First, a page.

Stamp duty holiday propels house prices to record high as buyers defy virus fears
PROPERTY prices soared 5.2pc in the year to August, hitting a new record high as the market shrugged off fears over Covid, according to Halifax data.
The jump takes the average selling price to £245,747 and is the strongest rate of growth since late 2016. A typical home now costs £12,206 more than it did a year ago.
However, with earnings under pressure and redundancies mounting, the house price index report warned it was highly unlikely current levels of price growth would continue. Russell Galley,
Halifax managing director, said that the buying frenzy had been stoked by pent-up demand from when the market was shut, a post-lockdown scramble for larger homes and the Chancellor’s temporary stamp duty cut. Surging prices have confounded early predictions of a crash in the wake of the economic havoc wreaked by Covid-19.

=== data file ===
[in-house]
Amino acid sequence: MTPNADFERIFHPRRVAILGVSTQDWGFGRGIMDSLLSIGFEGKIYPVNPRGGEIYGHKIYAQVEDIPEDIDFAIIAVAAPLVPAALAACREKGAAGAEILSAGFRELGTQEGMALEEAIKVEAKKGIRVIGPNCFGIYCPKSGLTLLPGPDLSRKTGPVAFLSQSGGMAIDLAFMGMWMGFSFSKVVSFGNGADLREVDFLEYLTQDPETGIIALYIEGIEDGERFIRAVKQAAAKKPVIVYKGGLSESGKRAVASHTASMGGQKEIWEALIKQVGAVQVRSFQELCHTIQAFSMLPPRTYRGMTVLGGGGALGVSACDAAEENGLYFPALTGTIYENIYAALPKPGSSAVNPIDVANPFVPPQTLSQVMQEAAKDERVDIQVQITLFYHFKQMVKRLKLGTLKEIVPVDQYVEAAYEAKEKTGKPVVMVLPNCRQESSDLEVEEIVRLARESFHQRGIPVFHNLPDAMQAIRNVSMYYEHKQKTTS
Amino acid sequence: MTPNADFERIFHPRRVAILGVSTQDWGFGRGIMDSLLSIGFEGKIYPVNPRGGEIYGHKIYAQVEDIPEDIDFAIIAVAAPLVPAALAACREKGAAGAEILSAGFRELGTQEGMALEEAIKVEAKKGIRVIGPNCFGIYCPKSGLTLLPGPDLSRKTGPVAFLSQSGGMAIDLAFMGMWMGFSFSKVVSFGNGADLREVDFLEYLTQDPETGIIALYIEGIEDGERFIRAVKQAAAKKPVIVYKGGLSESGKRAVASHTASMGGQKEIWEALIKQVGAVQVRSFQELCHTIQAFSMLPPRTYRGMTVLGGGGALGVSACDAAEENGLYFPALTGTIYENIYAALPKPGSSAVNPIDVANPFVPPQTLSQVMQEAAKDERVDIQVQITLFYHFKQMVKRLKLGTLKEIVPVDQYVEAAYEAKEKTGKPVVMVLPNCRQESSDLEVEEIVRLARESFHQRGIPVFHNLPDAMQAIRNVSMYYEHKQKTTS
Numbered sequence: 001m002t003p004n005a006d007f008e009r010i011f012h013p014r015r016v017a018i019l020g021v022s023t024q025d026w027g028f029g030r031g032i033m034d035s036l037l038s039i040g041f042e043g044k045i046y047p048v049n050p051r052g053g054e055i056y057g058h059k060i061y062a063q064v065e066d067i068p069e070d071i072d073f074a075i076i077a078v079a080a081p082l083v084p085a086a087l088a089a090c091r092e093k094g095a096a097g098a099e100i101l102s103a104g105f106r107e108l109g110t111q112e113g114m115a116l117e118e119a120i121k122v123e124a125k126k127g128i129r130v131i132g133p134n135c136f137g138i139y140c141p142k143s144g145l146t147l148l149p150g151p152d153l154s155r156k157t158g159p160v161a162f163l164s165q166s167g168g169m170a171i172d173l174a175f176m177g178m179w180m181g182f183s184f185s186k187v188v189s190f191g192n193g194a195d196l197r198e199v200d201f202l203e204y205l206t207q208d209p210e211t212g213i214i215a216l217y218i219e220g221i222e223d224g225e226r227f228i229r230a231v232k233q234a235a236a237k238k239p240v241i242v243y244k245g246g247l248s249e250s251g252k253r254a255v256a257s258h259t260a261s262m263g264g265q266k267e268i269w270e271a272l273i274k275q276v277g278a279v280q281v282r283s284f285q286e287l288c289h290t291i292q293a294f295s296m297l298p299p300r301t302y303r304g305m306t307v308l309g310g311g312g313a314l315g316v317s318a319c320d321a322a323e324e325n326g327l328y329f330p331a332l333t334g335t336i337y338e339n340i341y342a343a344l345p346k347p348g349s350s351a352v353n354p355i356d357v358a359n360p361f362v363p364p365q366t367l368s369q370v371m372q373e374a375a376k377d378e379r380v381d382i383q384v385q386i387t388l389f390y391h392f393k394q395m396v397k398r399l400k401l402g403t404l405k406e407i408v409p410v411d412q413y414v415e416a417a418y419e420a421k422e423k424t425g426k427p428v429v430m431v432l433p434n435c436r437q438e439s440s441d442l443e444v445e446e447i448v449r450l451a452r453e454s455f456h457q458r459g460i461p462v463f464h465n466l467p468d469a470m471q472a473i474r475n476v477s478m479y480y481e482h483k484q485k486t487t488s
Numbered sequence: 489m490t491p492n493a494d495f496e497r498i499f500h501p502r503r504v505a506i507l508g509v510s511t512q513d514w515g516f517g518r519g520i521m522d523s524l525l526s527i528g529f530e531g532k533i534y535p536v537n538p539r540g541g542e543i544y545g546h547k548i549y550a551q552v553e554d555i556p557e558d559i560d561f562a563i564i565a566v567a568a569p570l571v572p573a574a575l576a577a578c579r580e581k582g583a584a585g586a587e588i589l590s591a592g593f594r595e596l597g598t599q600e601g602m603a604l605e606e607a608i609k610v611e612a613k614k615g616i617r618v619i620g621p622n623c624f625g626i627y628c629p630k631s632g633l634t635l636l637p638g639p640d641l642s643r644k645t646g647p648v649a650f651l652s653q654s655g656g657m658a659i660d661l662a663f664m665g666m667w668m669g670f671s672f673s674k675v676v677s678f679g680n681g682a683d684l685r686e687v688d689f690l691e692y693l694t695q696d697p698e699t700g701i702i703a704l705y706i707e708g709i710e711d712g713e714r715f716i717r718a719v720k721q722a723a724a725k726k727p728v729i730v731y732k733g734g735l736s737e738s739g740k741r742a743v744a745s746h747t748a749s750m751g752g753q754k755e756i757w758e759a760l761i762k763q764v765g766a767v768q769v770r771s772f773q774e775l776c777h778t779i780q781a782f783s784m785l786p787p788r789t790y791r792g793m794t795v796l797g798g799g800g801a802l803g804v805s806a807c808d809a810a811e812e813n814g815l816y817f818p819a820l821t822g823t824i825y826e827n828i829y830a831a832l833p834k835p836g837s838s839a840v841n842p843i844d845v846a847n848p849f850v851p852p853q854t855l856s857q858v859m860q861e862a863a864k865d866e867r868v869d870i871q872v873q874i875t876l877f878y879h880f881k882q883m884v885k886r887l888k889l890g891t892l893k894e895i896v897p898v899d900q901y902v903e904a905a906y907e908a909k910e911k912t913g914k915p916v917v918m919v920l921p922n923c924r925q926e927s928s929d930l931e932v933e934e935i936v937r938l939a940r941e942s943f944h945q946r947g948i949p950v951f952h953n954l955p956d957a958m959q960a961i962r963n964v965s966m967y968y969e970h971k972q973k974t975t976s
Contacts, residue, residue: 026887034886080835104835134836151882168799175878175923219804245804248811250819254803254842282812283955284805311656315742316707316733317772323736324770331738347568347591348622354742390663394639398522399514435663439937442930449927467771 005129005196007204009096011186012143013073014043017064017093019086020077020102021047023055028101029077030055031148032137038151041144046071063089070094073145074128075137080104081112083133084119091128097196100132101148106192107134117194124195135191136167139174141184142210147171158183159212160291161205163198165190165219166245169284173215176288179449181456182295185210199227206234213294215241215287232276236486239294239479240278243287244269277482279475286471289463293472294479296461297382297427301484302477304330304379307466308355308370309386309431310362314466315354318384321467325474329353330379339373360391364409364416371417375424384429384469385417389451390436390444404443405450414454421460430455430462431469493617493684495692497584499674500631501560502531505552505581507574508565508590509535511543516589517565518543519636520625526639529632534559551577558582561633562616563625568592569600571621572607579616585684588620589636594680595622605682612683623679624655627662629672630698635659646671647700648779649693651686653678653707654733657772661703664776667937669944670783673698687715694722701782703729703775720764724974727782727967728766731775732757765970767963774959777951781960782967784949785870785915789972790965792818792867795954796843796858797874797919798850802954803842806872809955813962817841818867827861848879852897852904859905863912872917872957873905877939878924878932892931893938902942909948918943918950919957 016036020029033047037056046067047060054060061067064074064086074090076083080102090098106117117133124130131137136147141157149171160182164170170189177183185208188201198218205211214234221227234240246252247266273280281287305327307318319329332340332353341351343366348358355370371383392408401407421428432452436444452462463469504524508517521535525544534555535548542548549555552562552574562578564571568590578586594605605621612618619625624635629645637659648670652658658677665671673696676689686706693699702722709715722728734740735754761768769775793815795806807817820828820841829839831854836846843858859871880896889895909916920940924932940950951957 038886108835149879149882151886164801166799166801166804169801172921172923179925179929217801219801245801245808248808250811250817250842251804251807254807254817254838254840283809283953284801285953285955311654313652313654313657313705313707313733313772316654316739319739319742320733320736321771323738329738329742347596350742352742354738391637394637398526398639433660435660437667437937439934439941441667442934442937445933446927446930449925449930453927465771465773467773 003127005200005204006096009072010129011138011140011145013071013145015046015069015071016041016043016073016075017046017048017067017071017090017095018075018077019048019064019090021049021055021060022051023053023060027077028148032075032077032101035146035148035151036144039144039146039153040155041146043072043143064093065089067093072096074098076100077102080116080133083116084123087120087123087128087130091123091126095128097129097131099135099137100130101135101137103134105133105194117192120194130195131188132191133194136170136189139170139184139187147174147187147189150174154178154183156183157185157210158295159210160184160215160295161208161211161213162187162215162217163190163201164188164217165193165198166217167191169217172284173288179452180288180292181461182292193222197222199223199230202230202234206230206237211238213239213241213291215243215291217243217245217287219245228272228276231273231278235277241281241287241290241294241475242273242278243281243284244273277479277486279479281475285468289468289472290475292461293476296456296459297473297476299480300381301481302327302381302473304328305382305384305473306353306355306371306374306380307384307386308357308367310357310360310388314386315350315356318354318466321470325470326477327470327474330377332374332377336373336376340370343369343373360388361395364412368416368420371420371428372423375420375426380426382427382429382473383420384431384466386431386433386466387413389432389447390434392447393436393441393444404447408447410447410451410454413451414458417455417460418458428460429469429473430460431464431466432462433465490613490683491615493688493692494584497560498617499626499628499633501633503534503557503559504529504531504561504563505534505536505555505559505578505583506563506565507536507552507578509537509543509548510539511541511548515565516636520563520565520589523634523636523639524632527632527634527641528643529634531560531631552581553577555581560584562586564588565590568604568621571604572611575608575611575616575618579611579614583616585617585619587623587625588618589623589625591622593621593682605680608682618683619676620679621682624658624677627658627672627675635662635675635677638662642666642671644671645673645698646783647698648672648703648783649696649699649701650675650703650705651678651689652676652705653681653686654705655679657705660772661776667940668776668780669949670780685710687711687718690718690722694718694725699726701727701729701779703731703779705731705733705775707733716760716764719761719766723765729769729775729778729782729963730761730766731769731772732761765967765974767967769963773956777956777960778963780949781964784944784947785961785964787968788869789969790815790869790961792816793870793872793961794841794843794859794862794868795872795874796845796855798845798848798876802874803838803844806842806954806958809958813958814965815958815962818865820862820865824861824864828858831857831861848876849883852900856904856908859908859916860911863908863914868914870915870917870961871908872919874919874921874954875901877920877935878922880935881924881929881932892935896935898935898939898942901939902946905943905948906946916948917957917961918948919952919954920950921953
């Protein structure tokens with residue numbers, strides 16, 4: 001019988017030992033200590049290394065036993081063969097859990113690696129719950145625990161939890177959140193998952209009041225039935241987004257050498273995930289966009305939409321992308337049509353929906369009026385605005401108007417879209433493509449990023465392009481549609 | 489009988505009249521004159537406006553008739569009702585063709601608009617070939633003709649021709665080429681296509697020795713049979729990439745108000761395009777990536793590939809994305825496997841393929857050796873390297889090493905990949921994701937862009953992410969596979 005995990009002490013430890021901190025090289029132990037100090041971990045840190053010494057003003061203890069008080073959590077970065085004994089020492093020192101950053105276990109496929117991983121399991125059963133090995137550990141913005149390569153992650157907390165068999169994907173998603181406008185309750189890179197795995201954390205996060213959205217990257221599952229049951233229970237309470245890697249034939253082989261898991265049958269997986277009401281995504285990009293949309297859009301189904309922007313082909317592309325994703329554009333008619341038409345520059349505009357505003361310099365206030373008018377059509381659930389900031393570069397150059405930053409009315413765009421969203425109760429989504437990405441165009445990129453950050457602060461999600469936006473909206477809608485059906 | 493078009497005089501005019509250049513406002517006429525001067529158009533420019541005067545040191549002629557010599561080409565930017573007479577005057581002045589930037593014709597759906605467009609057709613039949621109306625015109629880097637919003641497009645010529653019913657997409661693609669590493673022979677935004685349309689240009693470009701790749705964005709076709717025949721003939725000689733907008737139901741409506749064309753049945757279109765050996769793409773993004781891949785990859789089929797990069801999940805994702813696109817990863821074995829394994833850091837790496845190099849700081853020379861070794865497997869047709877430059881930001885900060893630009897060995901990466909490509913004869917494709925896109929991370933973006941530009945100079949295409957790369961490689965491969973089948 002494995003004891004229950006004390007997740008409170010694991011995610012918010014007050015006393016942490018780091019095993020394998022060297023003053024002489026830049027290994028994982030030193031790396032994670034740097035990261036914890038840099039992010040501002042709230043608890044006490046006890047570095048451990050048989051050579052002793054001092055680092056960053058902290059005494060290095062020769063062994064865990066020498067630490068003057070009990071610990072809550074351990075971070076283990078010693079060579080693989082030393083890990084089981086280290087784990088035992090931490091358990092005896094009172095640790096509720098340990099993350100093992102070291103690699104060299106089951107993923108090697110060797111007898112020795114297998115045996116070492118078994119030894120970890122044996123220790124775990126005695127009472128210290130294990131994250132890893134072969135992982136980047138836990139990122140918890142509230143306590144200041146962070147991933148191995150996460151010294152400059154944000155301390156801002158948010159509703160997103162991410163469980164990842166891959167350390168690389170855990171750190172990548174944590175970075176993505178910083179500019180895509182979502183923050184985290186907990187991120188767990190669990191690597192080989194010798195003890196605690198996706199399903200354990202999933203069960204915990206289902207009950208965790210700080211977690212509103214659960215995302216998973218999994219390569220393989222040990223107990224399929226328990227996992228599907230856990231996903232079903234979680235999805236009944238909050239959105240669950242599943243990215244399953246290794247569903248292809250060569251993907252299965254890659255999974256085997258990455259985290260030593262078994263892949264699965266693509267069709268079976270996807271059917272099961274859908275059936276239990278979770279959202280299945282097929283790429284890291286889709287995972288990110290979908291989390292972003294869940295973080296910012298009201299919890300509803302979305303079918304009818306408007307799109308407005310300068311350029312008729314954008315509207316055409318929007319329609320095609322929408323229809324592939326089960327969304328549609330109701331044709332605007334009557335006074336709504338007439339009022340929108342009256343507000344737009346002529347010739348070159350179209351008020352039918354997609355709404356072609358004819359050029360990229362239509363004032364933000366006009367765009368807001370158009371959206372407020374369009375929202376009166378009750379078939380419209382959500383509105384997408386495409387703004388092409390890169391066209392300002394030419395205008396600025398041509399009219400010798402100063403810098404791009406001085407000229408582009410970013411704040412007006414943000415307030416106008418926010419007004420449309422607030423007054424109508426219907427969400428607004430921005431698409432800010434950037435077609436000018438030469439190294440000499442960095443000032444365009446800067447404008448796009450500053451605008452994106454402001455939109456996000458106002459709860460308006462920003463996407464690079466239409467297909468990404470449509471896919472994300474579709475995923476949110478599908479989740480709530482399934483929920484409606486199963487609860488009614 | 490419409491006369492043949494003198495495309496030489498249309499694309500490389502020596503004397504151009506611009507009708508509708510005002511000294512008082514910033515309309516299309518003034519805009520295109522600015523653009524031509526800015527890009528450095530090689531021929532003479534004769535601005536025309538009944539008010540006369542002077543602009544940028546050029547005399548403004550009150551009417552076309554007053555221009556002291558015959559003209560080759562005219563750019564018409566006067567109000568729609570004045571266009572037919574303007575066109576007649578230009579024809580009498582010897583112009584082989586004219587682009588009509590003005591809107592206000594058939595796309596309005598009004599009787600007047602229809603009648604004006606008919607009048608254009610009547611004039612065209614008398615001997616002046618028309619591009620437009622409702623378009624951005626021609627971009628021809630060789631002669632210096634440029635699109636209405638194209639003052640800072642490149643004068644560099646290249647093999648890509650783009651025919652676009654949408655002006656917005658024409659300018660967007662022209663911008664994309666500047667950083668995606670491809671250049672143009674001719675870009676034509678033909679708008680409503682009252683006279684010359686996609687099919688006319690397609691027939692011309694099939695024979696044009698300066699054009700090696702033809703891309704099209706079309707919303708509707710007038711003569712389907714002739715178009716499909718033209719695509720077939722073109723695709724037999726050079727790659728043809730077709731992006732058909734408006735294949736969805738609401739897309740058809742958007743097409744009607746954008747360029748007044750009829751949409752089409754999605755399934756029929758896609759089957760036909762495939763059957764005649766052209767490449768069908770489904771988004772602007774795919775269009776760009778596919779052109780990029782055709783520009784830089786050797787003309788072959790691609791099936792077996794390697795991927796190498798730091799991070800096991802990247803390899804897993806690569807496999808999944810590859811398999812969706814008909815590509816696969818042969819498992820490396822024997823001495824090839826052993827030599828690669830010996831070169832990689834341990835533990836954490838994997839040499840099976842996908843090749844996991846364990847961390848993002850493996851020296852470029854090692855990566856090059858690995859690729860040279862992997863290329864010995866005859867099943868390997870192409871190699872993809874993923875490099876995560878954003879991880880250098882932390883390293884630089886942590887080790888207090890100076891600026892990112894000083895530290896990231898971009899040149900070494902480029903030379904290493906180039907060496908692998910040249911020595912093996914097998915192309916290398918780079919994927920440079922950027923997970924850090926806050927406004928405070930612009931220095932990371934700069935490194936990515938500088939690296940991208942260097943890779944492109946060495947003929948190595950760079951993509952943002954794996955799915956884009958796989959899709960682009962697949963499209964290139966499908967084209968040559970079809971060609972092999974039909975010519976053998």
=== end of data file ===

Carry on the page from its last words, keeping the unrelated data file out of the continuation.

Halifax’s parent firm Lloyds warned in July of a worst-case 10pc slump this year.
However, most experts believe the rise is short term and are braced for turbulence in the months ahead when the stamp duty holiday ends and the taxpayer-funded furlough programme stops. A surge in job losses could yet send prices tumbling again.
Mr Galley said: “It remains highly unlikely that this level of price inflation will be sustained.”